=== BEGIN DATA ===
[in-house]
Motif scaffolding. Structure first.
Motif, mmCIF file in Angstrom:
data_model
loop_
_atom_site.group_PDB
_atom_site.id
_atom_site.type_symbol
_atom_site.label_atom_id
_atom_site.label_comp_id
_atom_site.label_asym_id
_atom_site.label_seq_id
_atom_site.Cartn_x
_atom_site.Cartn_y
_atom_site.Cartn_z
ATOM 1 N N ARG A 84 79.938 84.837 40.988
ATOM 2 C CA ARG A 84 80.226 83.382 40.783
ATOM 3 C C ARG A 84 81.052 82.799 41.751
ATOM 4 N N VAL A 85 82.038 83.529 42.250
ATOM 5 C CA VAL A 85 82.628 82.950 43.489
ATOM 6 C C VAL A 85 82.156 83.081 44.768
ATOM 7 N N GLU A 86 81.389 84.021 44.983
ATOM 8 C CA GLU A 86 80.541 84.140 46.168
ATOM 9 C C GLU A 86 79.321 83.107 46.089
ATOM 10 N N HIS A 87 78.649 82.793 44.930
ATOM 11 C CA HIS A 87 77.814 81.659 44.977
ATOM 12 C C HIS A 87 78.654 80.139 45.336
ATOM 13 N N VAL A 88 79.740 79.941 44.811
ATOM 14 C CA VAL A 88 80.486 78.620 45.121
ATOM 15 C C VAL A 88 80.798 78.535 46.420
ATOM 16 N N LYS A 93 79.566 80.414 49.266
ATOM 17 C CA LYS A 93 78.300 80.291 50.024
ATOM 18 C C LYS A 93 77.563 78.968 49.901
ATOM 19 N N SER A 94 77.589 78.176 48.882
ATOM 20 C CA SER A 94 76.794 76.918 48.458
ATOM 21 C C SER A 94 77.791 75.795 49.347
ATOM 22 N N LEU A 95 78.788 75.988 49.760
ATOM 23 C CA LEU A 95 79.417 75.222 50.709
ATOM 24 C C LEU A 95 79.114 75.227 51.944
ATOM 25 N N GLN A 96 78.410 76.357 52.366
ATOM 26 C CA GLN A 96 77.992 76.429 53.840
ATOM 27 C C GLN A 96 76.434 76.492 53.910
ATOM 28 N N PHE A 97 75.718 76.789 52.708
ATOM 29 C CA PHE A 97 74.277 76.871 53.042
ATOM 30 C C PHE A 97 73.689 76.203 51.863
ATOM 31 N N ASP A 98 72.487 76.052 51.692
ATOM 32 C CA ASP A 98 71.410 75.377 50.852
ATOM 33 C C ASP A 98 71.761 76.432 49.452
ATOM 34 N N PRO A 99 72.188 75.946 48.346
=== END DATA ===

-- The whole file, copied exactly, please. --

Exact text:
[in-house]
Motif scaffolding. Structure first.
Motif, mmCIF file in Angstrom:
data_model
loop_
_atom_site.group_PDB
_atom_site.id
_atom_site.type_symbol
_atom_site.label_atom_id
_atom_site.label_comp_id
_atom_site.label_asym_id
_atom_site.label_seq_id
_atom_site.Cartn_x
_atom_site.Cartn_y
_atom_site.Cartn_z
ATOM 1 N N ARG A 84 79.938 84.837 40.988
ATOM 2 C CA ARG A 84 80.226 83.382 40.783
ATOM 3 C C ARG A 84 81.052 82.799 41.751
ATOM 4 N N VAL A 85 82.038 83.529 42.250
ATOM 5 C CA VAL A 85 82.628 82.950 43.489
ATOM 6 C C VAL A 85 82.156 83.081 44.768
ATOM 7 N N GLU A 86 81.389 84.021 44.983
ATOM 8 C CA GLU A 86 80.541 84.140 46.168
ATOM 9 C C GLU A 86 79.321 83.107 46.089
ATOM 10 N N HIS A 87 78.649 82.793 44.930
ATOM 11 C CA HIS A 87 77.814 81.659 44.977
ATOM 12 C C HIS A 87 78.654 80.139 45.336
ATOM 13 N N VAL A 88 79.740 79.941 44.811
ATOM 14 C CA VAL A 88 80.486 78.620 45.121
ATOM 15 C C VAL A 88 80.798 78.535 46.420
ATOM 16 N N LYS A 93 79.566 80.414 49.266
ATOM 17 C CA LYS A 93 78.300 80.291 50.024
ATOM 18 C C LYS A 93 77.563 78.968 49.901
ATOM 19 N N SER A 94 77.589 78.176 48.882
ATOM 20 C CA SER A 94 76.794 76.918 48.458
ATOM 21 C C SER A 94 77.791 75.795 49.347
ATOM 22 N N LEU A 95 78.788 75.988 49.760
ATOM 23 C CA LEU A 95 79.417 75.222 50.709
ATOM 24 C C LEU A 95 79.114 75.227 51.944
ATOM 25 N N GLN A 96 78.410 76.357 52.366
ATOM 26 C CA GLN A 96 77.992 76.429 53.840
ATOM 27 C C GLN A 96 76.434 76.492 53.910
ATOM 28 N N PHE A 97 75.718 76.789 52.708
ATOM 29 C CA PHE A 97 74.277 76.871 53.042
ATOM 30 C C PHE A 97 73.689 76.203 51.863
ATOM 31 N N ASP A 98 72.487 76.052 51.692
ATOM 32 C CA ASP A 98 71.410 75.377 50.852
ATOM 33 C C ASP A 98 71.761 76.432 49.452
ATOM 34 N N PRO A 99 72.188 75.946 48.346